Butterflies – Cydno Longwing – Heliconius cydno
Photographed at the Butterfly exhibit in the Tennessee Aquarium in Chattanooga, Tennessee in 2011.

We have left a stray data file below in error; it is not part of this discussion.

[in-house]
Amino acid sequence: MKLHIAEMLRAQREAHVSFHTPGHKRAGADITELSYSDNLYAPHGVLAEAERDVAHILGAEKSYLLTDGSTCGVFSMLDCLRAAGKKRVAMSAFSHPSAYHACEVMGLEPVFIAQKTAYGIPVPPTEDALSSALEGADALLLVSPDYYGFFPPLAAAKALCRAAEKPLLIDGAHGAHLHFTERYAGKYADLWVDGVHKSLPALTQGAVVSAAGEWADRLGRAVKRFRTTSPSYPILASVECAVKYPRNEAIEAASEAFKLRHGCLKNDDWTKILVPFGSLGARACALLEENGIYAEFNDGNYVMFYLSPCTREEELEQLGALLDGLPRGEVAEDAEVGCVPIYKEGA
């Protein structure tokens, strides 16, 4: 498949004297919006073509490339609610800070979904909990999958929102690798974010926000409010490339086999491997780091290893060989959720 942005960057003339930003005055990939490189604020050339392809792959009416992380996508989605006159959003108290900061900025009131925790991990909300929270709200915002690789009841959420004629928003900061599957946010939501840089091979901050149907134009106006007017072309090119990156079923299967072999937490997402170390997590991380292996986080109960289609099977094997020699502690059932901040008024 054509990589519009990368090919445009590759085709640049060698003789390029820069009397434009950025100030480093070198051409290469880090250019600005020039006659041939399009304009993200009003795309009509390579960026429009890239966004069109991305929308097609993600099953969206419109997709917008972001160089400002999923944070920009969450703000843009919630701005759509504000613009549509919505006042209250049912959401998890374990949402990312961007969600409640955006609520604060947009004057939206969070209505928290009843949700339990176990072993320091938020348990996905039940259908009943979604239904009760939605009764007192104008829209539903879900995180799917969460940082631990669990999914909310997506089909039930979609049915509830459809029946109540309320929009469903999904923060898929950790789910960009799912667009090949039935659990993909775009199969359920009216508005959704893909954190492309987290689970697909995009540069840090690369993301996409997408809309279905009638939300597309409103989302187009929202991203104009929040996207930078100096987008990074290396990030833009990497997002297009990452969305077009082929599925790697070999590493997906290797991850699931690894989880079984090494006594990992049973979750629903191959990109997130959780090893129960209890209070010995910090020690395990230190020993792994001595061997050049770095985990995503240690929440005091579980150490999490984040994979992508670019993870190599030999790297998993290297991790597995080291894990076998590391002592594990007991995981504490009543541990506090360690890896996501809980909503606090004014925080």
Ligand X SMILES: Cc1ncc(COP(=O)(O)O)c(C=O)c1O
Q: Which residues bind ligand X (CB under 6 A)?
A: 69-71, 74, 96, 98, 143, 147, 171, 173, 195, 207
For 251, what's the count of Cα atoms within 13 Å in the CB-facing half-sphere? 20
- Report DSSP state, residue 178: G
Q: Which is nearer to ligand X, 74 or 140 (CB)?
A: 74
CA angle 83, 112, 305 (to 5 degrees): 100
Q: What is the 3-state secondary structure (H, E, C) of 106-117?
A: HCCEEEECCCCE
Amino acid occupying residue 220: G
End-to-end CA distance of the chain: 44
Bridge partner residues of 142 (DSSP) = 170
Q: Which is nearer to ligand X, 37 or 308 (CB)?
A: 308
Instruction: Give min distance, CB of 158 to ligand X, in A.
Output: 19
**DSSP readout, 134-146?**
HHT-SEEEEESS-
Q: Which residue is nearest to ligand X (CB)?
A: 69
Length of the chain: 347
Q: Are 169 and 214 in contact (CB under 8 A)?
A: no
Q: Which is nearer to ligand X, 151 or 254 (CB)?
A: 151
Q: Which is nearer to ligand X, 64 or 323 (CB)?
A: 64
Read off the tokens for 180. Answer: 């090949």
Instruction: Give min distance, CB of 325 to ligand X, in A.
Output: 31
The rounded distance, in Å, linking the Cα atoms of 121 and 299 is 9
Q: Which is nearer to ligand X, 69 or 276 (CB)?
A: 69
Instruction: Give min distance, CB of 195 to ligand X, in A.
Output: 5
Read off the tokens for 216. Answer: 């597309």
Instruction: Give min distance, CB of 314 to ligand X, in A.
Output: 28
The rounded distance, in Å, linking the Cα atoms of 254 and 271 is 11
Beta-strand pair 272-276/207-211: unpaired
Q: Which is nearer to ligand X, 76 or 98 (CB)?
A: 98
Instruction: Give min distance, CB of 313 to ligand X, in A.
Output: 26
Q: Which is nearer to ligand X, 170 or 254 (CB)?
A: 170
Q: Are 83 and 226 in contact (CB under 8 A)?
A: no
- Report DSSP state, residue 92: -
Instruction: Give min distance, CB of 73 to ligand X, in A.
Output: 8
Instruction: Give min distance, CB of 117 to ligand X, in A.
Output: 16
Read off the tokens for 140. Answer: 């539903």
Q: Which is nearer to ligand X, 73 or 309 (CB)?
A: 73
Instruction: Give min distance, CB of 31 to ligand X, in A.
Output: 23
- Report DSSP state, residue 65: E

The Cydno Longwing occurs naturally in Central America south to the northern reaches of Venezuela and along the west coast of South America to areas of Ecuador. As is the case with many other longwings, the larvae of the Cydno Longwing will incorporate chemicals from some of the plants that it consumes such as the Passiflora sp. and render the adult form of the butterfly somewhat less palatable to its potential predators. A number of the longwings which share this charactersitic also share similar colorations. This form of mimicry where two or more species share similar warning colorations to alert predators that they are not palatable is referred to as Mullerian mimicry. Another fairly common form of mimicry is referred to as Batesian mimicry and involves a non-toxic prey species mimicing a toxic species. The relationship between the Viceroy Butterfly and the Monarch butterfly is a good example of Batesian mimicry. In the case of the the many orange and black colored Longwings, it is suspected that both Mullerian and Batesian mimicry may be in play.